Former Everton forward Wayne Rooney, who broke through at Goodison Park as a 16-year-old, wrote on X, formerly known as Twitter: "Devastated to hear the sad news about Bill Kenwright.
"Known Bill since I was young and he's had a huge impact on me as a person and my career. Great man and a big inspiration. Thoughts are with all Bill's family and friends."
Tony Cottee, an FA Cup runner-up with Everton in 1989, wrote on X: "So sad to hear of the passing of Bill Kenwright. Everton have lost a great Evertonian and I have lost a friend... RIP Bill".
There was also a message from Jamie Carragher, who was a childhood Everton fan before his long association with Liverpool.
He wrote: "Really sad news this. A huge Evertonian who served and loved his club to bits. I'll never forget his and Everton's support every year around the Hillsborough memorial. RIP Bill."
Liverpool were among the many clubs to pay their respects, with the Anfield side writing on X: "Rest in peace, Bill Kenwright."
An X post from the Premier League's official account read: "Our sincere condolences go to Bill's family, friends, and everyone at Everton, at this sad time."
Meanwhile, Nicola Nuttall, the mother of Laura Nuttall who died of a brain cancer at 23, described Bill as a "real gentleman" who donated £50,000 for Laura to have treatment in Germany.
"No fuss, no publicity, just genuine kindness from a real gentleman and a true blue", Nicola said.
Julian Clary has said he will be “forever grateful” to the late Bill Kenwright for giving him the chance to play “the Emcee” in Cabaret.
In a post X, comedian and actor Clary wrote: “RIP Bill Kenwright.
“I’m forever grateful to him for giving me the chance to play the Emcee in Cabaret at the Lyric Theatre, Shaftesbury Avenue in 2007.
“After the first night he said to me ‘You’re so brave…so brave!'”
Mayor of Greater Manchester Andy Burnham described Kenwright as “big hearted” and spoke about his reaction to the Hillsborough disaster where dozens were killed due to a crush at a match between Liverpool and Nottingham Forest at Hillsborough Stadium in Sheffield on April 15 1989.
Speaking outside Old Trafford, he said: “I saw the care he had for the Hillsborough families when they were going through everything that they went through.
“That was Bill Kenwright. Before people think about anything else, that was him, that was the man, just somebody of warmth, of generosity.”
British theatrical producer Sir Cameron Mackintosh called Kenwright “prolific” and “irresistible”.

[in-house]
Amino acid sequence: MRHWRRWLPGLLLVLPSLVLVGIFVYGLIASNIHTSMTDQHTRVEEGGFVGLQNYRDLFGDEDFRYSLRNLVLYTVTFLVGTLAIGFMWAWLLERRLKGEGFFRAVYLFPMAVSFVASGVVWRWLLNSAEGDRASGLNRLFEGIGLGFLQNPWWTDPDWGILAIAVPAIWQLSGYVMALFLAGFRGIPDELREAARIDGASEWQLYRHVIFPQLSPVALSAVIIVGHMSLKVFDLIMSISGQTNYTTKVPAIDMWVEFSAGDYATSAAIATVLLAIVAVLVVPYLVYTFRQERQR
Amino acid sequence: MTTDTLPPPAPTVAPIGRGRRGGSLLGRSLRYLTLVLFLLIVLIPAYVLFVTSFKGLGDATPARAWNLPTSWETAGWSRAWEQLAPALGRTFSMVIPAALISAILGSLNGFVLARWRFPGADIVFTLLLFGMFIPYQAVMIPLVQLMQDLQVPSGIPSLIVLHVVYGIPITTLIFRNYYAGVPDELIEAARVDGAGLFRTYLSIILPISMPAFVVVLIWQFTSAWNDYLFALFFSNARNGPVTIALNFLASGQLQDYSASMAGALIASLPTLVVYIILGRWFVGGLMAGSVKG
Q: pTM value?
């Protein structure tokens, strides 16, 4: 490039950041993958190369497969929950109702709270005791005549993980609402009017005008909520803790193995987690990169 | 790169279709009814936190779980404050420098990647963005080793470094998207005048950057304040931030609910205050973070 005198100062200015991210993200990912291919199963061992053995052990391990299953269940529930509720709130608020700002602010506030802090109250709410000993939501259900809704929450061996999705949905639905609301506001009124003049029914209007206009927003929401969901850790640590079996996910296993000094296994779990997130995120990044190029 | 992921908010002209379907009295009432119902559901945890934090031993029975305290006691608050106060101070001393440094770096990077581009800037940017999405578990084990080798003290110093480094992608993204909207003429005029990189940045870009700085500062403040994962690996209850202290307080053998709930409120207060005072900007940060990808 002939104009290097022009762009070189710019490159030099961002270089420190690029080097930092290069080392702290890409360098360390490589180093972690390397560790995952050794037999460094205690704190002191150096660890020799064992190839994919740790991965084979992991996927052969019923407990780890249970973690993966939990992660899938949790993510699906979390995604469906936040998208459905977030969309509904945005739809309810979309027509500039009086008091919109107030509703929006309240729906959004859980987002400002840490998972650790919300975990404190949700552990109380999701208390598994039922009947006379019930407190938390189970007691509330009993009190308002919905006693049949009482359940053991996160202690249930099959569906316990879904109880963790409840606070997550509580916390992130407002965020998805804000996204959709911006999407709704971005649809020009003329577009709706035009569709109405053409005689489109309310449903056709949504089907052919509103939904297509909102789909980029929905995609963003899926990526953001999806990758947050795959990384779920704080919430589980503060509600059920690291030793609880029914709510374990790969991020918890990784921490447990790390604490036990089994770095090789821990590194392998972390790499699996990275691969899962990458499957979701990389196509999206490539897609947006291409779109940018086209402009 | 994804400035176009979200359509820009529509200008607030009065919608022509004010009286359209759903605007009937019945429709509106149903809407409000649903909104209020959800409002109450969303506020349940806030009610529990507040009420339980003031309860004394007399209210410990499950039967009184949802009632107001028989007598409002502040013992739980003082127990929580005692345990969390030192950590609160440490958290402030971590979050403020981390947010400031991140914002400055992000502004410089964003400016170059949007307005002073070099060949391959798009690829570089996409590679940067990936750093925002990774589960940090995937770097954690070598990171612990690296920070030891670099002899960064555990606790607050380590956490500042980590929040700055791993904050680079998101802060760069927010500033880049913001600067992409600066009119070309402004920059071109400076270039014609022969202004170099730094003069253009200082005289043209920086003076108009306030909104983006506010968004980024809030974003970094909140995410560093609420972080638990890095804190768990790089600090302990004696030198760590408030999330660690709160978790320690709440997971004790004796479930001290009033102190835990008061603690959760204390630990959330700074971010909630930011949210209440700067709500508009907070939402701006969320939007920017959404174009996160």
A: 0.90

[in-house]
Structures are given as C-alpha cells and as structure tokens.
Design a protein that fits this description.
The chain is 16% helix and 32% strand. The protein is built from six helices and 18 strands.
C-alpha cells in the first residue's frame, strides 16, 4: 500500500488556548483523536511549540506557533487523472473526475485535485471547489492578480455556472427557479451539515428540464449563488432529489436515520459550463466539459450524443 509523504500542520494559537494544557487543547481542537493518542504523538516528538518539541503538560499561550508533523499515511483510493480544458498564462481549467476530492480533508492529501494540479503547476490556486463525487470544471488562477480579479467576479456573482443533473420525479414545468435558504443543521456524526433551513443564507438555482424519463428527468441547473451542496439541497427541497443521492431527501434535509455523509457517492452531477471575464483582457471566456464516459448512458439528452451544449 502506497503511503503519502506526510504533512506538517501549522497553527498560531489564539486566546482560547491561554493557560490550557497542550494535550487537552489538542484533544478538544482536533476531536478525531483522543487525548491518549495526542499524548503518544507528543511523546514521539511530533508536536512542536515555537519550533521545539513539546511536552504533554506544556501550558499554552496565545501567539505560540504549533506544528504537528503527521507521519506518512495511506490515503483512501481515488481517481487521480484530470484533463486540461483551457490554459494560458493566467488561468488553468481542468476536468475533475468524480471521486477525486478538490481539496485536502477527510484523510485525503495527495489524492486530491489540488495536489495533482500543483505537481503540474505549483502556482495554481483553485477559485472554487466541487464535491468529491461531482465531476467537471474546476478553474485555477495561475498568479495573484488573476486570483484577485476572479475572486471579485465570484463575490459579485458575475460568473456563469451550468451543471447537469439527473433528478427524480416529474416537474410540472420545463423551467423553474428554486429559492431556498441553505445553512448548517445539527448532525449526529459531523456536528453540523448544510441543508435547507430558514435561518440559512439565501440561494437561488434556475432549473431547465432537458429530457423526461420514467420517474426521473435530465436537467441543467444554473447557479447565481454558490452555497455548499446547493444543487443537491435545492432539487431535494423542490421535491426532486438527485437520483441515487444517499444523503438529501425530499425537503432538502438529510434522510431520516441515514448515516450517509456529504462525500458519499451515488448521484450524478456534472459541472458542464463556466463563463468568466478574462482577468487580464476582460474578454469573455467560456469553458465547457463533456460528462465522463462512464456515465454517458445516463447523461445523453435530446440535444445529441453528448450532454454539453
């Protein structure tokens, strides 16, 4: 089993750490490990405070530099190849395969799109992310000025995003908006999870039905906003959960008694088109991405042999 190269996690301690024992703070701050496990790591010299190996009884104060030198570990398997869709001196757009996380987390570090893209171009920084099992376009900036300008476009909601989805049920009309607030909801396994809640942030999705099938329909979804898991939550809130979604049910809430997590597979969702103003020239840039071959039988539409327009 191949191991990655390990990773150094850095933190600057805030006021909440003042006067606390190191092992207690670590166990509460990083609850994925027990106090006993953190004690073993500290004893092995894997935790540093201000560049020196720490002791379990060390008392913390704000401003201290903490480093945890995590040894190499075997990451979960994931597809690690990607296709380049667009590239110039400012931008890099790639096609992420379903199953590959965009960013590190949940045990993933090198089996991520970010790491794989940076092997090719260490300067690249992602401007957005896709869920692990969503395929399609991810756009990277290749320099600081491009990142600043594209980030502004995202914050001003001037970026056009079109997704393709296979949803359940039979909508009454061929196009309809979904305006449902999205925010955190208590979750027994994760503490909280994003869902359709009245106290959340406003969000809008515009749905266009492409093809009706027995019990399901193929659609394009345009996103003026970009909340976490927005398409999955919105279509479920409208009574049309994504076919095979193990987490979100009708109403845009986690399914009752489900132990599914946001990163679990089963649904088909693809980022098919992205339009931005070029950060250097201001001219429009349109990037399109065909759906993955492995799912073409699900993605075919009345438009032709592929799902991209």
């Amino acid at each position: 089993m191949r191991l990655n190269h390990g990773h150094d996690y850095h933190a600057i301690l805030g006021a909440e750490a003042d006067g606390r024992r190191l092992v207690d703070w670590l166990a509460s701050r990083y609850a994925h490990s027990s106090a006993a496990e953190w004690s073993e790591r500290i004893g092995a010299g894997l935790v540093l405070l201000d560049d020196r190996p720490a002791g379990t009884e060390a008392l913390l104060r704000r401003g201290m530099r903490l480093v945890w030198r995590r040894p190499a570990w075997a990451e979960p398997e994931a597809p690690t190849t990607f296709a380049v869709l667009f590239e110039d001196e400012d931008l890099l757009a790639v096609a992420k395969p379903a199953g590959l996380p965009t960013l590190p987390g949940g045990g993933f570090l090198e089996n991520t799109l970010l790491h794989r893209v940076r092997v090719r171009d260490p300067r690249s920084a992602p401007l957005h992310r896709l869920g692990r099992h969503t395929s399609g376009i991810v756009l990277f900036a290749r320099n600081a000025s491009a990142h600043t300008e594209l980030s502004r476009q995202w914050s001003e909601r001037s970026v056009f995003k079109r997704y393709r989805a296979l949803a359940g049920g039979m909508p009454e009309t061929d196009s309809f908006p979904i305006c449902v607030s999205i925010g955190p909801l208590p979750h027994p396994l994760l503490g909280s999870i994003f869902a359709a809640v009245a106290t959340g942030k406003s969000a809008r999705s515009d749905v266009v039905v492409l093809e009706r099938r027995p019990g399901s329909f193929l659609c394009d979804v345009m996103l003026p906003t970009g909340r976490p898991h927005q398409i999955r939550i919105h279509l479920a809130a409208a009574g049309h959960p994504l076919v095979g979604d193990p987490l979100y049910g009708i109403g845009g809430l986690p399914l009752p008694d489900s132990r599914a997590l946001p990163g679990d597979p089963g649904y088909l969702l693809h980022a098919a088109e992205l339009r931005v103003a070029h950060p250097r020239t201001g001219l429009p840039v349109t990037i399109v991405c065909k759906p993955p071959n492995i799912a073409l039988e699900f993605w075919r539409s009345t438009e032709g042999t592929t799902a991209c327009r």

In a statement seen by the PA news agency, Sir Cameron said: “The world of British theatre without Bill Kenwright seems impossible.”
He added: “Bill was fearless, prolific and irresistible – he couldn’t bear to see any theatre empty, so he’d conjure up a production almost overnight to fill it!
“His enthusiasm knew no bounds, employing over his long career tens of thousands of actors – occasionally, including himself – a tireless broadcaster, often also a director and above all, a champion of the people he believed in.
“And the theatre wasn’t even his day job – his real profession was running Everton!
“In my lifetime, there has never been anyone like Bill. He’s totally irreplaceable and we will miss him so.”
Meanwhile, football clubs including Liverpool FC, Burnley and Arsenal have all offered their condolences to the Toffees for the loss of their chairman.
An online book of condolence has been opened by Everton Football Club.
In June this year, Everton owner Farhad Moshiri announced he had asked Kenwright to remain as chairman and help the club through a “period of transition”.
Kenwright had come under pressure from a section of fans who protested at how the club was being run.
It was announced last month that a deal to sell the club to American investment firm 777 Partners had been agreed.
The prospective new owners insisted last week that the takeover bid was still on track after it was reported they had failed to supply information to the Financial Conduct Authority (FCA) and said the process was ongoing.